Episode 104: How to Leverage 3rd Party Management with Dave Childers – The Apartments Operators Podcast

Mr. Childers is a Managing Member of Cedar Rock Capital based in Nashville TN.  Mr. Childers has over 15 years of experience in real estate investing in Middle TN. David was only 25 years old the first time he partnered and purchased his first rental property.

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Show Transcript

Welcome to the Apartment Operators Podcast, where you can learn from experienced operators what it really means to be an apartment operator. No fluff, no sugarcoating, just the raw, unfiltered truth of the ups and downs of operating multi-family communities. Hey everybody. Welcome to The Operators podcast.

We’re talking with multifamily operators, and today we have Dave Childress from Tennessee. Dave, welcome to the. Hey, thanks for having me. I appreciate you having me on today. Yeah, absolutely. Why wouldn’t you take a couple minutes and tell the audience who you are, what you’re doing and why are you here on the podcast?

Yeah I’ve owned a multi-family for a little over 15 years, and I love this podcast specifically because it’s talking about operations, and that’s where I got my start was I bought 114 unit complex and I spent every day on it for many years, mowing grass, operating it, managing it, leasing it during the downturn of the economy.

So really I learned. The business. I tell people it’s the NBA I got from actually running the property and living to tell about it. It was not a magical business at that time. Just survival was everybody’s, name of the game at that point in 2000. 10, 8, 9.

So I really learned everything from being on a p on the property dealing with tenants. We were just talking about that this weekend is, you’re dealing with tenants lives and if you have a thousand units, you have a thousand family units, right? So the operational side, and I’m very passionate about, I actually teach a lot of asset management classes here in Nashville.

Just talking about this specific thing, because I think it’s something that people leave out. They think they’re gonna raise capital, go find a deal and it’s mailbox money. And you really, mostly if we see another downturn, you’re gonna have to be prepared to react quickly to lowering rents or working with people and trying to keep ’em in.

And so yeah, I’m very passionate about the subject, so I’m very excited that you are diving into this subject and having guests. And I hope people listen to this podcast for that reason so they can get educated on some of the tick tricks of this trade. Yeah. You nailed it on the head, right?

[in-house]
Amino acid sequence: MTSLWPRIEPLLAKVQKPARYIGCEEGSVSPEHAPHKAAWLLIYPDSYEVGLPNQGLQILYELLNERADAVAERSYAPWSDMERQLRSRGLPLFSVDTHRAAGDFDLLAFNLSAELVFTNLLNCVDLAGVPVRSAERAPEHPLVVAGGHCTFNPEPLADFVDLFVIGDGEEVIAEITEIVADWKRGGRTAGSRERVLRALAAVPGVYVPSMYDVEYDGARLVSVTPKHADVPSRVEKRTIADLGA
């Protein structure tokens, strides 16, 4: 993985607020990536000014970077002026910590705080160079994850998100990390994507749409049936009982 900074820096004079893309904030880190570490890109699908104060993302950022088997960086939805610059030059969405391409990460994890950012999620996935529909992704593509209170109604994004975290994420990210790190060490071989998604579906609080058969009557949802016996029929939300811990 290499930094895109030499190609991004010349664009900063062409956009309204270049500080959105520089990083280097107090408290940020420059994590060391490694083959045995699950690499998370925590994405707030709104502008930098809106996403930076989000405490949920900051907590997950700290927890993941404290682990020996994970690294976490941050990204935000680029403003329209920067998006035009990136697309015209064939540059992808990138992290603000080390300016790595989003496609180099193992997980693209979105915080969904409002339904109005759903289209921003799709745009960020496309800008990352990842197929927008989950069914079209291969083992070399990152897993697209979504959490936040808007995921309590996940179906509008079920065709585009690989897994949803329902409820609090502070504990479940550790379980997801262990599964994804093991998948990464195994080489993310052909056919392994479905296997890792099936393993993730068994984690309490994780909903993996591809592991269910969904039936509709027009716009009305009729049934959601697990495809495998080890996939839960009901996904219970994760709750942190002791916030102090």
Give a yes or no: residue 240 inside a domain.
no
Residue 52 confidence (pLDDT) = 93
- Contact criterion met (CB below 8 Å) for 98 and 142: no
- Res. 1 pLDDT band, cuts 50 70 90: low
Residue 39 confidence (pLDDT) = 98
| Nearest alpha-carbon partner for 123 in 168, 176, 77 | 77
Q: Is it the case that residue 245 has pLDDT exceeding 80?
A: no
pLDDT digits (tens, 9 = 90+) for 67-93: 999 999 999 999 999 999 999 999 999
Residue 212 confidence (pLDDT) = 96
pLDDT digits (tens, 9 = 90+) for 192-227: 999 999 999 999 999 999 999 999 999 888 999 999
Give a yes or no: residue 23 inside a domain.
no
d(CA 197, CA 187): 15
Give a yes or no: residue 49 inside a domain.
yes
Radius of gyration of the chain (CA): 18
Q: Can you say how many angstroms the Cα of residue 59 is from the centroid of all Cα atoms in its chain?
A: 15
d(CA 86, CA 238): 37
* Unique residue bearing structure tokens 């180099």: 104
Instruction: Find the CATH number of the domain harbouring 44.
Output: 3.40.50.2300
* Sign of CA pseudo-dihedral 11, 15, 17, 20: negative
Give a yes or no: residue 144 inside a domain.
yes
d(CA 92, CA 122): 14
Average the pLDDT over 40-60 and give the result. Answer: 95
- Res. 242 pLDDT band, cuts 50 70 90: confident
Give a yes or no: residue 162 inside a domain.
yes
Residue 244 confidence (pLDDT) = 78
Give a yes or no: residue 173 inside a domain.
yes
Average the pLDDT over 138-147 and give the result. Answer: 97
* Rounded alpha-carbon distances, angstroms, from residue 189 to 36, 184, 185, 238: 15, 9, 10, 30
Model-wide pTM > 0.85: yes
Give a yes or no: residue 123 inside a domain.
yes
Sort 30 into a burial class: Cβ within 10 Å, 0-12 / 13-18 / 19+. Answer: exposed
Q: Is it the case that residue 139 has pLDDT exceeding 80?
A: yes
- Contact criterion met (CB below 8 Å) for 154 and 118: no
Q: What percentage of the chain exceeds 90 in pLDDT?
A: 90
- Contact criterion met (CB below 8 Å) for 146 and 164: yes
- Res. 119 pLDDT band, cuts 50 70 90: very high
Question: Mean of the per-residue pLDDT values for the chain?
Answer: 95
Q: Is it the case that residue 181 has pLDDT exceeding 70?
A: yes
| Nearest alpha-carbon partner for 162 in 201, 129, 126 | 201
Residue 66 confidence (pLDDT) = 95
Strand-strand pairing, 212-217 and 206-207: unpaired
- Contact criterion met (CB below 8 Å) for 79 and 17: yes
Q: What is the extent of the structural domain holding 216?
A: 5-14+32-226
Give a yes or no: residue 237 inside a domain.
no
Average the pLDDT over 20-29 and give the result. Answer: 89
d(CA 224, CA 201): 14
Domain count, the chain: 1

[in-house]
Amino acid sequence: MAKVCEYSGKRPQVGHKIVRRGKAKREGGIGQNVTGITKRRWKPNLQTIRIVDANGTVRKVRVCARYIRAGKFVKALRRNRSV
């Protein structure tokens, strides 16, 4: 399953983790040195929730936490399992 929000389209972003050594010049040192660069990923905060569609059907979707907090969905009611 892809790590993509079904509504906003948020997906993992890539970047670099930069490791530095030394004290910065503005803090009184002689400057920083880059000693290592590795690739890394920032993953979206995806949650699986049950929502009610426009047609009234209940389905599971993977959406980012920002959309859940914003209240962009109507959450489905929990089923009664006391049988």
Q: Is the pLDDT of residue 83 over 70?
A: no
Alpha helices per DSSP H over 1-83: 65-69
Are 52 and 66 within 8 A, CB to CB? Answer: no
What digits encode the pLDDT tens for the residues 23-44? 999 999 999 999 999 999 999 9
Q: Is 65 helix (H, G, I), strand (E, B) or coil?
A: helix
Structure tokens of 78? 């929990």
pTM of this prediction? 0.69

It, for me, it’s it’s not all rainbows and lollipops. It’s not all gonna be awesome, all the. and you’re not just raising money to buy a building. When you raise money and you buy this property, you’re also buying a lot of people that you are working with and you providing shelter to, which is one of the most basic needs.

That’s why I created this podcast because a lot of the education out there and the podcasts and the websites and the books are focusing on the. To get to the closing table and they forget to mention that after that sprint, there’s a whole marathon of a few years where you’re gonna have to take care of a property and the tenant and everything else.

Yeah. . So I heard you say that you were mowing grass and everything. That leads me to one of our most common question is third party or self-management. Sounds yeah. So yeah I kinda leveraged my time to get in this business by, using my, leveraging my time to to find partners and that was my responsibility was to manage it.

And that’s how I got. I never want to go back to managing. It’s but it taught me great lessons on how hard it is to sit there and manage a property and deal with these lives and, people’s drama that comes with it. So it made me appreciate my managers, my leasing agents, my maintenance guys.

The maintenance guys are your front line, right? And so having good maintenance guys with great personalities that can, I told, I used to tell ’em, you’re, you gotta talk these tenants off the cliff, right? You can make ’em jump or you can make ’em walk back. And how your attitude is, if you’re letting them know that you’re gonna take care of things and everything will be all right and we’re gonna fix it, that’s one thing.